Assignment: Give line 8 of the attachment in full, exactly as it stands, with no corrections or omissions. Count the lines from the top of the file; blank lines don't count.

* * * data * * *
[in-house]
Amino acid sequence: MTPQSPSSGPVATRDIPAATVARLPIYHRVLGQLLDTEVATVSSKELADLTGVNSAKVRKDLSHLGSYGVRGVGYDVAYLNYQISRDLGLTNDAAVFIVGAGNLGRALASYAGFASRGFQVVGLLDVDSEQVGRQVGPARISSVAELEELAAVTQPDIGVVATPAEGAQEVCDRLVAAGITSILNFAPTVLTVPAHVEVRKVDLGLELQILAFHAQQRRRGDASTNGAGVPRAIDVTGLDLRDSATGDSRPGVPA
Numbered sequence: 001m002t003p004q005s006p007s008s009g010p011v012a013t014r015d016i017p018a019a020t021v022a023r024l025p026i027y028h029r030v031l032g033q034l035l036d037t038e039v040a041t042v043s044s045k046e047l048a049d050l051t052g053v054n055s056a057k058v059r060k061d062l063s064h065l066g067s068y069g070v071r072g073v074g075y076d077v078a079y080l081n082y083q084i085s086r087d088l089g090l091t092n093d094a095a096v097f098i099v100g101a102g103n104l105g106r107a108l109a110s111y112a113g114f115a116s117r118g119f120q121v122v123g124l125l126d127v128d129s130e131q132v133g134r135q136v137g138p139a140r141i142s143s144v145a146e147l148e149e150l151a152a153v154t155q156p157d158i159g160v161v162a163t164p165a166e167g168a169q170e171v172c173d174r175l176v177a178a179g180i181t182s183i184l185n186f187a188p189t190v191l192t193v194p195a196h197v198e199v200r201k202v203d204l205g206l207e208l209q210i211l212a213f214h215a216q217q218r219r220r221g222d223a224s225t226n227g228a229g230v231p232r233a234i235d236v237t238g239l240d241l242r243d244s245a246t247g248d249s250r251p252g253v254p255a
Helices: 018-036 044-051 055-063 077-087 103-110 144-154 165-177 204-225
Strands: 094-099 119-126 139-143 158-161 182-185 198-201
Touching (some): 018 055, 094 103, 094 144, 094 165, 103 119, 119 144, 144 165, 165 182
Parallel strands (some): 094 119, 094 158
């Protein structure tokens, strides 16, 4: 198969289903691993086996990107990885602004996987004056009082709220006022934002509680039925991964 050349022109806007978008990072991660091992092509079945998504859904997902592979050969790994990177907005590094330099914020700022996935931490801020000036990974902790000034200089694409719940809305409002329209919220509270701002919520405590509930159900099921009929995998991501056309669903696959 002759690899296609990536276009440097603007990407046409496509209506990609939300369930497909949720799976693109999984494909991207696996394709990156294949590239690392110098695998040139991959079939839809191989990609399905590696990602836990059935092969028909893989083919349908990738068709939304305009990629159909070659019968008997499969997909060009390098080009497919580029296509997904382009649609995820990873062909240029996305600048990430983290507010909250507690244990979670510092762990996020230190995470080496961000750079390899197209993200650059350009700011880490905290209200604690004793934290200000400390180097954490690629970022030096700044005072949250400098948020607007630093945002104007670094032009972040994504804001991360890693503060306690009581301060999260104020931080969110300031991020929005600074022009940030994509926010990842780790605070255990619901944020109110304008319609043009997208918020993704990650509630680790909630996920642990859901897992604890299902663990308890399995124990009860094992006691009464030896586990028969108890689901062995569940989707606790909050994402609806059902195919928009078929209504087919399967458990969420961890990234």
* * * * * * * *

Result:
């Protein structure tokens, strides 16, 4: 198969289903691993086996990107990885602004996987004056009082709220006022934002509680039925991964 050349022109806007978008990072991660091992092509079945998504859904997902592979050969790994990177907005590094330099914020700022996935931490801020000036990974902790000034200089694409719940809305409002329209919220509270701002919520405590509930159900099921009929995998991501056309669903696959 002759690899296609990536276009440097603007990407046409496509209506990609939300369930497909949720799976693109999984494909991207696996394709990156294949590239690392110098695998040139991959079939839809191989990609399905590696990602836990059935092969028909893989083919349908990738068709939304305009990629159909070659019968008997499969997909060009390098080009497919580029296509997904382009649609995820990873062909240029996305600048990430983290507010909250507690244990979670510092762990996020230190995470080496961000750079390899197209993200650059350009700011880490905290209200604690004793934290200000400390180097954490690629970022030096700044005072949250400098948020607007630093945002104007670094032009972040994504804001991360890693503060306690009581301060999260104020931080969110300031991020929005600074022009940030994509926010990842780790605070255990619901944020109110304008319609043009997208918020993704990650509630680790909630996920642990859901897992604890299902663990308890399995124990009860094992006691009464030896586990028969108890689901062995569940989707606790909050994402609806059902195919928009078929209504087919399967458990969420961890990234």